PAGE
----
Book Review: The Age of Dreaming

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atina110x110BY ATINA HARTUNIAN

Picture it: Sunset Blvd as a dirt road. It’s hard to imagine, let alone believe the famous strip was anything but a row of fashionable nightclubs and boutiques.

How about the massive studio lots that take up a sizable portion of Hollywood? It seems that these great buildings have always been apart of the Los Angeles landscape. But back when Hollywood was in its infancy it was, as the title of Nina Revoyr’s novel suggests,  The Age of Dreaming.

The Age

The novel, written by Nina Revoyr, is a compelling fictional account of a silent film star, Jun Nakayama.

The novel, written by Nina Revoyr, is a compelling fictional account of a silent film star, Jun Nakayama. Throughout the course of the book we find our main character slowly coming to terms with a dark secret he has kept for over 40 years. As readers, we listen to Nakayama fade in and out of the stories of his life in Japan, his rise to celebrity status, and the abrupt downfall of his career in film. Secretive shadows that loom over his memories create an even more intriguing allure around him.

What begins to trigger these memories for Nakayama is an unexpected phone call from a journalist interested in an interview.  What goes from a simple interview turns into a potential part in a present day movie.

But this is only a small part of the book.

The novel is densely layered with surfaces and dimensions that seamlessly seep into each other blurring the lines between fiction and history. Revoyr resurrects early landscapes of Hollywood and Los Angeles right before the urban boom that sprawled the city wide and far.  Within this setting, she displays the primitive ways silent film was produced during a time when the medium was considered an art form by those were participating in it.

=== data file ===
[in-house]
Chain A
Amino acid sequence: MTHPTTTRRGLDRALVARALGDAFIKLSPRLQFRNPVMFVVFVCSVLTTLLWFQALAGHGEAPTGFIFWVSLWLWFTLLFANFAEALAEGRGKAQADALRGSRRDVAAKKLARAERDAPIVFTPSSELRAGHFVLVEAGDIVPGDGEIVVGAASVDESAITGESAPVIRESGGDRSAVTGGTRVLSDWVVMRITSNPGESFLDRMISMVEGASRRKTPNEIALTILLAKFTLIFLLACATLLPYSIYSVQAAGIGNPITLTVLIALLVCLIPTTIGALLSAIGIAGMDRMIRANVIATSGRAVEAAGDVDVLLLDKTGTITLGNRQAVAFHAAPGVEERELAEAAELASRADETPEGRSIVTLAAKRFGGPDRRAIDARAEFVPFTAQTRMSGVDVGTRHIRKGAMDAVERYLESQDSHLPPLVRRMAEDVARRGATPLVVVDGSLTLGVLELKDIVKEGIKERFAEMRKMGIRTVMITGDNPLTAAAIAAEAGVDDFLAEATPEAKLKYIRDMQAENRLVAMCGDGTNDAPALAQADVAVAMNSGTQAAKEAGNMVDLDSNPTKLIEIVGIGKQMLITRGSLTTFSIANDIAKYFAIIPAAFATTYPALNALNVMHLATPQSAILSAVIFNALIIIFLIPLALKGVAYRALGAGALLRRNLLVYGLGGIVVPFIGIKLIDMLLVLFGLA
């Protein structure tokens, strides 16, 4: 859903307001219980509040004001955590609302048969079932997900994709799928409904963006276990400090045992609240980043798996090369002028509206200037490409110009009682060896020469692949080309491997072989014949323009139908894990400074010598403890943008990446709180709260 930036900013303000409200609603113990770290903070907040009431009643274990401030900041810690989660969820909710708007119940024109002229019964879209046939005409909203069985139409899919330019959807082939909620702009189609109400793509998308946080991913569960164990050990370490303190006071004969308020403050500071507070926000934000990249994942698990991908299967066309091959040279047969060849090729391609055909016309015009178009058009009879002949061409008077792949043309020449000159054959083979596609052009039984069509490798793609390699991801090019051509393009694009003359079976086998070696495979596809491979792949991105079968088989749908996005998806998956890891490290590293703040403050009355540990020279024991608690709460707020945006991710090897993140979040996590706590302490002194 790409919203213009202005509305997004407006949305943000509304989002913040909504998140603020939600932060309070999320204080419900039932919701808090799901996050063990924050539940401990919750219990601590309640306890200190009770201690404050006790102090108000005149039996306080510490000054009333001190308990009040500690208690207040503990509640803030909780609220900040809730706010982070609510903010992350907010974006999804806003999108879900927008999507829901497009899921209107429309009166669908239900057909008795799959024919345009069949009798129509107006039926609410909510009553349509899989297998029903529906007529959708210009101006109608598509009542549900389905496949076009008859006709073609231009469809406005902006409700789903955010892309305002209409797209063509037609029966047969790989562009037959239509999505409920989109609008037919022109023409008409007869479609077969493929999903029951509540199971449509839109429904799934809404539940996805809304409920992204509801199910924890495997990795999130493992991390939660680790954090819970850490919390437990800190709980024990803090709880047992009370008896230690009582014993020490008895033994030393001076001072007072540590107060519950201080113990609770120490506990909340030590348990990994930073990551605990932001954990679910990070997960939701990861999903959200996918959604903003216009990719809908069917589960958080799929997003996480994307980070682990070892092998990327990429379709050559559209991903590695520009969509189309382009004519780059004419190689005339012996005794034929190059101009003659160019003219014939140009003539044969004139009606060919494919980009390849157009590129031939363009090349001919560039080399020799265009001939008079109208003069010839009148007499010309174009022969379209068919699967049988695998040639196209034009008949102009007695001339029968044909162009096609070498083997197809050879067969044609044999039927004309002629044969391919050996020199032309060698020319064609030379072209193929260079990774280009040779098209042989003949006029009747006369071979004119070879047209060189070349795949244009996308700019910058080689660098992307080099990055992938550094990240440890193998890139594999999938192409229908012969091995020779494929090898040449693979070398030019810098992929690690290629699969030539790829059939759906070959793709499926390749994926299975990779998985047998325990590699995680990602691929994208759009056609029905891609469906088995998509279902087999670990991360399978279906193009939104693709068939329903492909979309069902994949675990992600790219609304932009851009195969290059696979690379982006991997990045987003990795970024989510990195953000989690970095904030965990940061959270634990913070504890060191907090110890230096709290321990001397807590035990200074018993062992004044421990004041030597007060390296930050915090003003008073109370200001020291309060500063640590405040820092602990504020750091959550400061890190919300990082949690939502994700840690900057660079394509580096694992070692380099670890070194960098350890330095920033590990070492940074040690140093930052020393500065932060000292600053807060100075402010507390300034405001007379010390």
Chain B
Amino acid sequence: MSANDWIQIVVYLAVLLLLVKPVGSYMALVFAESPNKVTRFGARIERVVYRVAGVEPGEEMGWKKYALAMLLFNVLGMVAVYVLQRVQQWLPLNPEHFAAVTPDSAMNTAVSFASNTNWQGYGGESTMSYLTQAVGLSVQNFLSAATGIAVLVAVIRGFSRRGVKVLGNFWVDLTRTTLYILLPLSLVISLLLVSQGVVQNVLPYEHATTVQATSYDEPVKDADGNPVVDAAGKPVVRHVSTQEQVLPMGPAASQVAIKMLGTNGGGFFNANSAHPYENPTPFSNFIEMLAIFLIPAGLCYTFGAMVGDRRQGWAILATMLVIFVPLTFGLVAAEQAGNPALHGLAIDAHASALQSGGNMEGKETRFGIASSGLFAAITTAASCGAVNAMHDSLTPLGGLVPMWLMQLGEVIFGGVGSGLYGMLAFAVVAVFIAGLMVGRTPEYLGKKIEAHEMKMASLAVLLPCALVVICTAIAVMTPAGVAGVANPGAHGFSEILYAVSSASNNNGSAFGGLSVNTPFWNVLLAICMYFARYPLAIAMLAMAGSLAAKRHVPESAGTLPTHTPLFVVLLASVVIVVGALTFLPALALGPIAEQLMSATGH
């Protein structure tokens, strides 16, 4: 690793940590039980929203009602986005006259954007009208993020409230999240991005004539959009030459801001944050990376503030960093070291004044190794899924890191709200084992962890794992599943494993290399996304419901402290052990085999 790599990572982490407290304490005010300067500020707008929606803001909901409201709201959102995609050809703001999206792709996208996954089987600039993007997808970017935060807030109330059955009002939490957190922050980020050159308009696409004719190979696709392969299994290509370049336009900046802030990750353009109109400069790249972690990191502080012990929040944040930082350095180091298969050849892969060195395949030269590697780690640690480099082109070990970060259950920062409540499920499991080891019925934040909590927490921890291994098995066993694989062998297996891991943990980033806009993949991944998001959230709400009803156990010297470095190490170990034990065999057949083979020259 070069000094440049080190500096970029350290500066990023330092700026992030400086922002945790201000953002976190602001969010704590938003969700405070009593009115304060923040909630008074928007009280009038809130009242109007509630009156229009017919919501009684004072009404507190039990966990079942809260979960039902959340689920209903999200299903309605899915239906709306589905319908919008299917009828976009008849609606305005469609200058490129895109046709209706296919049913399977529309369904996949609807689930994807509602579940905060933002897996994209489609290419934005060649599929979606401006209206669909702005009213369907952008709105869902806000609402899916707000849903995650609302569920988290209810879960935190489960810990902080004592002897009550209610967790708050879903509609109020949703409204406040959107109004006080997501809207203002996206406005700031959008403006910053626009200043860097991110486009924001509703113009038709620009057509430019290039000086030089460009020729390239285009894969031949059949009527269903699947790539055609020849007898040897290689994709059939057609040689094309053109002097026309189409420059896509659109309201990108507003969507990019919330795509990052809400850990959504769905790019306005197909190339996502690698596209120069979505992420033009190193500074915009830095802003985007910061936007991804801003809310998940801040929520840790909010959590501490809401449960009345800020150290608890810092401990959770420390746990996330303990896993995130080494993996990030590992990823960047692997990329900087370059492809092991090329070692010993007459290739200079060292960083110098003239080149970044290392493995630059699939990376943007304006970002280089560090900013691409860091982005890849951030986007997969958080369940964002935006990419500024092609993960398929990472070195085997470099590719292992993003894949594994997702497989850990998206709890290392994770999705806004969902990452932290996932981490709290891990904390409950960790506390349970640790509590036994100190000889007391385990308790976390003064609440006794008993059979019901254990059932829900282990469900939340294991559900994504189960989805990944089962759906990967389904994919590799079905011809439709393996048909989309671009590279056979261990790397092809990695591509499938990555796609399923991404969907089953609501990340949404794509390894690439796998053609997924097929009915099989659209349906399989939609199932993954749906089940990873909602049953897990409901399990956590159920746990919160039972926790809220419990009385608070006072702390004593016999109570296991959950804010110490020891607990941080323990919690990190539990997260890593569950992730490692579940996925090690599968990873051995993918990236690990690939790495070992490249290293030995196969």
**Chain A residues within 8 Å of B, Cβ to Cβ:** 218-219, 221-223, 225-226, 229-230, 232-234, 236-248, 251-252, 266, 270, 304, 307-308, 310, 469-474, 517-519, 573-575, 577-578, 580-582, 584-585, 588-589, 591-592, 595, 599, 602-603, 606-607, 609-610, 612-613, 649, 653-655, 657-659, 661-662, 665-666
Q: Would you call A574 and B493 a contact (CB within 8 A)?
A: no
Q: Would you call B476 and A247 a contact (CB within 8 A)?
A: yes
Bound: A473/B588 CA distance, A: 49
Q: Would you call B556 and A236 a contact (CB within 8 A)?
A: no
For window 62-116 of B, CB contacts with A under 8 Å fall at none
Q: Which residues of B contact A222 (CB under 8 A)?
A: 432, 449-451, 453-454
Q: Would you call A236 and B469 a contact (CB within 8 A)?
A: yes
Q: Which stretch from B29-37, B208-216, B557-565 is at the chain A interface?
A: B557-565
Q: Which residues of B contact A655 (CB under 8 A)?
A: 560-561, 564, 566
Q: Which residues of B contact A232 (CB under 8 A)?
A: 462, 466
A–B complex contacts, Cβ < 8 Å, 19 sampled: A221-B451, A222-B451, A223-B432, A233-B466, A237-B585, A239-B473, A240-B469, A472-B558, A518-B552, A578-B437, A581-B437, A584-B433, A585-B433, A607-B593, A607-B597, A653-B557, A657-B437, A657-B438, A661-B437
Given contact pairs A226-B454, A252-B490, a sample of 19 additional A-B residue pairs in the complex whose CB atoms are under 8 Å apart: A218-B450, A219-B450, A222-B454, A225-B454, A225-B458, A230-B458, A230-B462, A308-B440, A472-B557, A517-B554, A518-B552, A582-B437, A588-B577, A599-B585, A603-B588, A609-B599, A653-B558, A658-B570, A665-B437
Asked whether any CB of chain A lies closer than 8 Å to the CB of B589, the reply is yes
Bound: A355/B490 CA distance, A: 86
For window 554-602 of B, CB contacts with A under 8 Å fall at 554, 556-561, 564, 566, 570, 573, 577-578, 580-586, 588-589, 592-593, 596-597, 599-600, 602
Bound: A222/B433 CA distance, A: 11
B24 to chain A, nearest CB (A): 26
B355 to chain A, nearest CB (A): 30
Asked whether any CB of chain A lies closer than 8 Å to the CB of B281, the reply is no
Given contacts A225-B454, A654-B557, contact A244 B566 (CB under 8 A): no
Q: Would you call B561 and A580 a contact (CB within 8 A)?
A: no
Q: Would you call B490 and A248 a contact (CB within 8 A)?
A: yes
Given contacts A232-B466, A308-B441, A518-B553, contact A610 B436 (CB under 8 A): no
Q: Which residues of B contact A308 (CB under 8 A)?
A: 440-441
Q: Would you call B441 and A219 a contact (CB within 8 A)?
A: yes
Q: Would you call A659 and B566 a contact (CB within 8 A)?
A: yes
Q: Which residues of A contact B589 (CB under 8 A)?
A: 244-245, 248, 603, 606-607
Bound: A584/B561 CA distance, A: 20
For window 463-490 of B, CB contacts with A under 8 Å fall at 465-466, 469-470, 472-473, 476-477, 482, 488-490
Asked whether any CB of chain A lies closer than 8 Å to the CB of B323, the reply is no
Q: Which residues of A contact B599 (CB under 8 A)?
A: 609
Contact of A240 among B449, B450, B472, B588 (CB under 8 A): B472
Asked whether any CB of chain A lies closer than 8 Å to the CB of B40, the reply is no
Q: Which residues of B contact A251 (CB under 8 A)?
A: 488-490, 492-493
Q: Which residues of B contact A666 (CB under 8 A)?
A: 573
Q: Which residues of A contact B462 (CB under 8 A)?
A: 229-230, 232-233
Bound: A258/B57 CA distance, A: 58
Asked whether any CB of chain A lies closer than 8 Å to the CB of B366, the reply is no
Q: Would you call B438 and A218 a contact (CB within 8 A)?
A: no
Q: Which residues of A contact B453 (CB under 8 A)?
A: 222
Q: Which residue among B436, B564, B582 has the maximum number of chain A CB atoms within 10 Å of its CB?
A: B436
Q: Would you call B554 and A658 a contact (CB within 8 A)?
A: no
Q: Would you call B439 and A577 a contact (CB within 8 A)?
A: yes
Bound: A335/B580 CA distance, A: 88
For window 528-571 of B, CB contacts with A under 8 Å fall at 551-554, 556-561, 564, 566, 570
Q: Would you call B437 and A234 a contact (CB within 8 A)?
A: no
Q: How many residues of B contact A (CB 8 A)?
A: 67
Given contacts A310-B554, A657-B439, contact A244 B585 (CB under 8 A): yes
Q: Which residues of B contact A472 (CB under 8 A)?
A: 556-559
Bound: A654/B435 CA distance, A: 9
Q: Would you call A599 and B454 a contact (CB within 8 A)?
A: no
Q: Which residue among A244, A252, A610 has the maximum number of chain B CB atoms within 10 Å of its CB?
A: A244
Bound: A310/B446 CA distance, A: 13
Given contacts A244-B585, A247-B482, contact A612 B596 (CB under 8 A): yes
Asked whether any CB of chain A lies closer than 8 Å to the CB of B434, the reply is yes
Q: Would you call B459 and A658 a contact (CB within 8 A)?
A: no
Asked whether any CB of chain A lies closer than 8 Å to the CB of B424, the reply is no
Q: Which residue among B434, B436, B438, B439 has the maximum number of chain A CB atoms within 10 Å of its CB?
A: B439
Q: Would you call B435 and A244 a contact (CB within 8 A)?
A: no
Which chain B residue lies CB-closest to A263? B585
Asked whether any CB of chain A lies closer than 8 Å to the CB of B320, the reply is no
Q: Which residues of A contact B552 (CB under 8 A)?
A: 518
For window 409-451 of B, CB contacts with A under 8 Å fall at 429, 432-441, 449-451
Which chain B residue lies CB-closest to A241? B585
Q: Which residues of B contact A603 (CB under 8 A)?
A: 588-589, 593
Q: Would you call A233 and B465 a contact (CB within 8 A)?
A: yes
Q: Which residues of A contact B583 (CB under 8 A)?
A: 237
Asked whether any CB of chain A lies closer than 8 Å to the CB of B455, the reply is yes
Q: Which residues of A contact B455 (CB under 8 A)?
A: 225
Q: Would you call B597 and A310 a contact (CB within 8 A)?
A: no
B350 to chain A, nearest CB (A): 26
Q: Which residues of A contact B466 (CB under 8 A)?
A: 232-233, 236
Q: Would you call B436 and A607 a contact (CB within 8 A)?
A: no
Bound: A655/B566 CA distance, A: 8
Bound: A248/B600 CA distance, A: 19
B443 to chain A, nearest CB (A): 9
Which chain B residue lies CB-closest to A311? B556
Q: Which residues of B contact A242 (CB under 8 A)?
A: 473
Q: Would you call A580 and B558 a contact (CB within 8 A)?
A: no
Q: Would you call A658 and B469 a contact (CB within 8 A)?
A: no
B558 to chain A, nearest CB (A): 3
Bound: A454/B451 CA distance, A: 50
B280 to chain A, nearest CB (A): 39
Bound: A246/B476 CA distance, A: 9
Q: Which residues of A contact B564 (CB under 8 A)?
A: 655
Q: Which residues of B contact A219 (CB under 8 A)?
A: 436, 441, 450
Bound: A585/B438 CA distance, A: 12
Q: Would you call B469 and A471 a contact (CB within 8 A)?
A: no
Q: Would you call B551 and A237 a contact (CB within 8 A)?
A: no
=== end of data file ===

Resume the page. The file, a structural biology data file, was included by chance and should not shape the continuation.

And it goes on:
Revoyr also taps into the political atmosphere towards the Japanese at the time. In creating the world she sets Nakayama in, these anti-Japanese sentiments were always on the peripheral of his Hollywood lifestyle.  They would slip in from time to time but it did not directly intervene with Nakayama’s life.

Yet we come to find that the studio executives Nakamaya was working for also felt these hostilities. However, this is not the scandal that ended his career. It was a reason to gently push our main character off the silver screen and into the abyss of obscurity. There is empathy for our main character in this respect, for his lost legacy.

Perhaps this is where Revoyr makes her greatest statement. One wonders how much of any sort of history is an accurate account. Who knows how many people have strived for stardom in those early days just to be outshined by others.

Atina Hartunian’s articles have appeared in the North Valley Community News,  The Armenian Reporter,  The Pasadena Weekly, as well as current urban development for Fourstory.org. She is also a website content manager and freelance writer: www.atinahartunian.blogspot.com.

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Karen Young is the founder of My Daily Find.

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